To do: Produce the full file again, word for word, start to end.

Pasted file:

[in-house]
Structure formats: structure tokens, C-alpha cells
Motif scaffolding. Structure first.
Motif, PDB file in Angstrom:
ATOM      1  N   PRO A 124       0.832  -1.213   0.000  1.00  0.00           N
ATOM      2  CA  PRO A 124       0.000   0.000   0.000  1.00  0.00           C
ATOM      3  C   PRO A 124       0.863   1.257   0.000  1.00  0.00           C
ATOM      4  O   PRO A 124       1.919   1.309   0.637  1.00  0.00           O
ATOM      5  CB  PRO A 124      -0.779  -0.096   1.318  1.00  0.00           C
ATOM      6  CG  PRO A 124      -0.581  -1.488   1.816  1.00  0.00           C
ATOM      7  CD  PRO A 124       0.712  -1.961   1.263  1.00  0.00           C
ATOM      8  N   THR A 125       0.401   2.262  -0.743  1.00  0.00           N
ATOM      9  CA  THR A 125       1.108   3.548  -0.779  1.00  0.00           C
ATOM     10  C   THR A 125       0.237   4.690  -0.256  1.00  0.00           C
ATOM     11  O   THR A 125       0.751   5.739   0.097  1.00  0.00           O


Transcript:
[in-house]
Structure formats: structure tokens, C-alpha cells
Motif scaffolding. Structure first.
Motif, PDB file in Angstrom:
ATOM      1  N   PRO A 124       0.832  -1.213   0.000  1.00  0.00           N
ATOM      2  CA  PRO A 124       0.000   0.000   0.000  1.00  0.00           C
ATOM      3  C   PRO A 124       0.863   1.257   0.000  1.00  0.00           C
ATOM      4  O   PRO A 124       1.919   1.309   0.637  1.00  0.00           O
ATOM      5  CB  PRO A 124      -0.779  -0.096   1.318  1.00  0.00           C
ATOM      6  CG  PRO A 124      -0.581  -1.488   1.816  1.00  0.00           C
ATOM      7  CD  PRO A 124       0.712  -1.961   1.263  1.00  0.00           C
ATOM      8  N   THR A 125       0.401   2.262  -0.743  1.00  0.00           N
ATOM      9  CA  THR A 125       1.108   3.548  -0.779  1.00  0.00           C
ATOM     10  C   THR A 125       0.237   4.690  -0.256  1.00  0.00           C
ATOM     11  O   THR A 125       0.751   5.739   0.097  1.00  0.00           O